Research is available on the economic benefits of international students, but less is known about the educational benefits. So HEPI and Kaplan used the YouthSight Applicant Omnibus Survey to ask those on the cusp of higher education what they think about the prospect of studying alongside students from abroad.
The results show clearly that higher education applicants recognise there are benefits from learning alongside international students. They also suggest people are not naïve about the ways in which it can alter the student experience.
Two-thirds (68%) of higher education applicants have studied alongside international students before. When asked about the effects of studying alongside students from abroad on reaching higher education:
- 87% say it will give them a better world view
- 85% say it will be useful preparation for working in a global environment
- 76% say it will help them develop a global network
Although a minority of applicants worry that learning alongside international students will bring some challenges, greater numbers disagree:
- 67% say the presence of international students will not lead to lower quality academic discussions while 11% state this is a risk
- 42% say students without English as a first language will not slow down a class while 29% state they might
- 39% say international students do not need more attention from teaching staff while 29% state they could
Nick Hillman, Director of the Higher Education Policy Institute, said:
‘The economic benefits of international students are well known. Educational benefits are thought to exist too, but there is less evidence for them. That is why we set out to test what people applying for higher education think about studying alongside those from other countries.
‘The results provide a missing piece of the jigsaw and are overwhelmingly positive. Almost nine-in-ten applicants think studying alongside international students will prepare them for working in a global environment. Today’s school leavers truly are tomorrow’s global citizens.
’UK policymakers have a tendency to exaggerate the costs and underestimate the benefits of students from abroad. That explains why foreign students remain in the Home Office target for reducing net migration, despite a growing consensus that this is contrary to the national interest. The Home Office should now ask the Migration Advisory Committee to undertake a full review of the costs and benefits of international students.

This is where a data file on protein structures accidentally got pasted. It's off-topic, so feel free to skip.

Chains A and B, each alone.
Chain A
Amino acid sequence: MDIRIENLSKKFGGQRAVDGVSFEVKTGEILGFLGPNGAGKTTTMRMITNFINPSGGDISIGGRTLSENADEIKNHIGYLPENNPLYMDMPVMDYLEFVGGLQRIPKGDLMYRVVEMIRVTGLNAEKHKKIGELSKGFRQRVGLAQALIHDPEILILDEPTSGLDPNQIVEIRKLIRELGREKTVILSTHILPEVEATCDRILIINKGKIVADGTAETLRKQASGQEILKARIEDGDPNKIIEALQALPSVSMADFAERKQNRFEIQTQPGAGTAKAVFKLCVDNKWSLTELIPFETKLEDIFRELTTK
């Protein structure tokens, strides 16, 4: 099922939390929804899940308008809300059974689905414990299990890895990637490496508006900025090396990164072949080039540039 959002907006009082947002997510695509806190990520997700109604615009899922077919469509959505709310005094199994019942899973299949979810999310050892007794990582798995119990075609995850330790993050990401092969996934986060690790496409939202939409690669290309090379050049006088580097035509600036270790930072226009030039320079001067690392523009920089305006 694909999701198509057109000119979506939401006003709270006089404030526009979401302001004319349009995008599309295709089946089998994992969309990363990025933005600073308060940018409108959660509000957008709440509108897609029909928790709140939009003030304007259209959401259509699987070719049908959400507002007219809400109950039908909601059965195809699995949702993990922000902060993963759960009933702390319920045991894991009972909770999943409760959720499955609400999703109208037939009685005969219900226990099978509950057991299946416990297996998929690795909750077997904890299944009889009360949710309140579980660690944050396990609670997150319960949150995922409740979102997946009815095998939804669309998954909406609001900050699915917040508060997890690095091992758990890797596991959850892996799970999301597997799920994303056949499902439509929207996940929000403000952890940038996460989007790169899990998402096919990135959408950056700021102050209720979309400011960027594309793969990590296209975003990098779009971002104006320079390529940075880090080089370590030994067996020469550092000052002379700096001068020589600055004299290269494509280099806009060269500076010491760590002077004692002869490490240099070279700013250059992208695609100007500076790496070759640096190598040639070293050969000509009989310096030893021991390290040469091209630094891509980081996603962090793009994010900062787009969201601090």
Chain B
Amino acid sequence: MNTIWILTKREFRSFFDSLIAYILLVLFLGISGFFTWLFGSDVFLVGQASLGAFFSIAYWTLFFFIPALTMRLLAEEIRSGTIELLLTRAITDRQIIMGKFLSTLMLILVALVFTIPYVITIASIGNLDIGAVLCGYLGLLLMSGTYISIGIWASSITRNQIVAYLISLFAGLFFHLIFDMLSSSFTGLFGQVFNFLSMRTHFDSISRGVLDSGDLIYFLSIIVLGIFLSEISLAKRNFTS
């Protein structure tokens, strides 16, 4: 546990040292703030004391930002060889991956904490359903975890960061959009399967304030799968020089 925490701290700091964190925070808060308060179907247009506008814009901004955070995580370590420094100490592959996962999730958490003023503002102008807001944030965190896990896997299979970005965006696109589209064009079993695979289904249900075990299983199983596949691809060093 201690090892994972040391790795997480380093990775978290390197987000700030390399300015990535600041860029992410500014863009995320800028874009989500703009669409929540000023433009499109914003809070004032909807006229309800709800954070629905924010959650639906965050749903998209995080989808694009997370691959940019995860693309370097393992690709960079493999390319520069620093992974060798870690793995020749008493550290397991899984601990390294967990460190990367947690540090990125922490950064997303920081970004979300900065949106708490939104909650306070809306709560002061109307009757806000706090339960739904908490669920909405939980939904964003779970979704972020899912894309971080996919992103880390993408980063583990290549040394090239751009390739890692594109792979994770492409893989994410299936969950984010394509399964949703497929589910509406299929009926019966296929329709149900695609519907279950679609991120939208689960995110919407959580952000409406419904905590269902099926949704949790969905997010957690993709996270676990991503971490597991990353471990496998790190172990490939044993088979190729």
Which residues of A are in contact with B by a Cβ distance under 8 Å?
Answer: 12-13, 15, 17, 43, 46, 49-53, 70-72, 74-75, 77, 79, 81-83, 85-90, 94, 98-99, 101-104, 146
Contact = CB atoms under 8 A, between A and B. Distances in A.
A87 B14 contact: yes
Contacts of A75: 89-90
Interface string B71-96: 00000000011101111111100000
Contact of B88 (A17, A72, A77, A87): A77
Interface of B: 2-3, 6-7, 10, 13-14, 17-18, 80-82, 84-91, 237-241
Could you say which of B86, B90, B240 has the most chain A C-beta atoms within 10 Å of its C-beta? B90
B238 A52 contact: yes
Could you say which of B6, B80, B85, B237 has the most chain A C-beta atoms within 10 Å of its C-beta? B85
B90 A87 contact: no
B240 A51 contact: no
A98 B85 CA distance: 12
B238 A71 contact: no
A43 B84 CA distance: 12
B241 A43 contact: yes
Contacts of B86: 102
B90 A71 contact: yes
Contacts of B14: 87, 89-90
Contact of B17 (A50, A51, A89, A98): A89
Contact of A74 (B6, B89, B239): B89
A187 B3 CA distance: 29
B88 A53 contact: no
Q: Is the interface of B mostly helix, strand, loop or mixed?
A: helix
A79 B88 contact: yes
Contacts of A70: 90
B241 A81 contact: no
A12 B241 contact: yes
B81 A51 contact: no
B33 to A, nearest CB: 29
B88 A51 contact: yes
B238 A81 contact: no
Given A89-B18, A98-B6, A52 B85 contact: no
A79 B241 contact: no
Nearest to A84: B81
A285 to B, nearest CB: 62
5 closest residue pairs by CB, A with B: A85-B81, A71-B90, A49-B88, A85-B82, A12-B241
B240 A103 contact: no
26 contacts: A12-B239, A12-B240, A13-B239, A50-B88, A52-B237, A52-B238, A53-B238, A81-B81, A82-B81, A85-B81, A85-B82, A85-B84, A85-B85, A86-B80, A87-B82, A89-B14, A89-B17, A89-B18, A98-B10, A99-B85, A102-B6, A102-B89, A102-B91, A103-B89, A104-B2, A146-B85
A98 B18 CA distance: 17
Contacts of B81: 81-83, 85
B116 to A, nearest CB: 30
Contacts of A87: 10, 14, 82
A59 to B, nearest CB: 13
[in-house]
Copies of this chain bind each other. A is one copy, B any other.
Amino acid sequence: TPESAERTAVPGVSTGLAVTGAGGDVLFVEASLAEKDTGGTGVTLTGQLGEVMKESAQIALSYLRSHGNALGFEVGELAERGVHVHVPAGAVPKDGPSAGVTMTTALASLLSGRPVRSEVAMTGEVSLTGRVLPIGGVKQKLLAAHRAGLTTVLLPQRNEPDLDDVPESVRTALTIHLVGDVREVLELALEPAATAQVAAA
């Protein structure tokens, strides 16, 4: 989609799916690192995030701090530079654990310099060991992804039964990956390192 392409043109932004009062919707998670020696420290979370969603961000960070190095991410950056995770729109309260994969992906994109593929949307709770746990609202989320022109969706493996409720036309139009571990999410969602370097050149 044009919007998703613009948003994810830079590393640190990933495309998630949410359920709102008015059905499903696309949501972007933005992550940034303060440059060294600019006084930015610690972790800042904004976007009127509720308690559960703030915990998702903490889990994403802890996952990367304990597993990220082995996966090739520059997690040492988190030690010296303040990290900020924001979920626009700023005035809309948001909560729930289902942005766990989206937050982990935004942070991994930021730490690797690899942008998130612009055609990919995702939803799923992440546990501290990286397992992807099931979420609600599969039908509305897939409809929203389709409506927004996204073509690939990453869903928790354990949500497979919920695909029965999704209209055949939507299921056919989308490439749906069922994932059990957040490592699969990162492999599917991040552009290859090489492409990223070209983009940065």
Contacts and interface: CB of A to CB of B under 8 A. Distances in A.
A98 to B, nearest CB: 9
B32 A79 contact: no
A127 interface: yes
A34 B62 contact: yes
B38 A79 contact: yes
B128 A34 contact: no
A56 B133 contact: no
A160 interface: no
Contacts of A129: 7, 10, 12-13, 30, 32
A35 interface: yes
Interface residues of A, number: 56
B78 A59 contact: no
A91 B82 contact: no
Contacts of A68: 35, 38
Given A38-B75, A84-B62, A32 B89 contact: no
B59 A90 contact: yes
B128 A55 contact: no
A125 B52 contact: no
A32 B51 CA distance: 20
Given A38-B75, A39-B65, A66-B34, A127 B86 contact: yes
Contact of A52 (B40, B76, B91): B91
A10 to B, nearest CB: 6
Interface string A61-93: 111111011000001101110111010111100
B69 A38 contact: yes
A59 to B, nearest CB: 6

‘In the future, other Government departments should be given a say in setting migration policy too. They understand the educational and soft power benefits of educating people from other countries and could provide a counterweight to the Home Office’s different priorities.’
Linda Cowan, Managing Director of Kaplan International Colleges, said:
‘An important finding of this research is the extent to which domestic students about to begin their university studies already anticipate benefits of studying alongside students from other countries.
‘Kaplan recruits and prepares more than 6,500 international students for entry to UK universities, so we are well acquainted with the ways in which these students enrich the experience both in the classroom and socially. This survey data on the expectations of UK domestic students provide an interesting dimension to this picture.’
For further information, please contact Nick Hillman, HEPI Director at email@example.com.
Notes for Editors
- Fieldwork for this research was conducted by YouthSight between 6th and 7th of February 2015. The sample consisted of 500 interviews with applicants, representative of the UK in terms of gender, age and school type. Further details on the methodology are available from YouthSight or HEPI.
- The results document is available at https://www.hepi.ac.uk/wp-content/uploads/2015/03/What-do-prospective-students-think-about-international-students.pdf and the data is available from HEPI.
- HEPI was established in 2002 to influence the higher education debate with evidence. It is a charity that is UK-wide, independent and non-partisan.
- Kaplan International Colleges opened the first university pathway college in the UK, Nottingham Trent International College, in 2005. Kaplan has since built a network of eight pathway colleges in partnership with 12 leading universities in the UK and a number of other pathway and preparation programmes abroad, offering foundation and pre-masters courses for international students looking to gain entry into Kaplan’s partner universities. Preparation courses equip students with the academic skills, key subject knowledge and English language ability they need to progress on to university. In 2014, Kaplan recruited more than 6,500 international students for entry to UK universities. Kaplan International Colleges is part of Kaplan Inc., which is a subsidiary of Graham Holdings Company.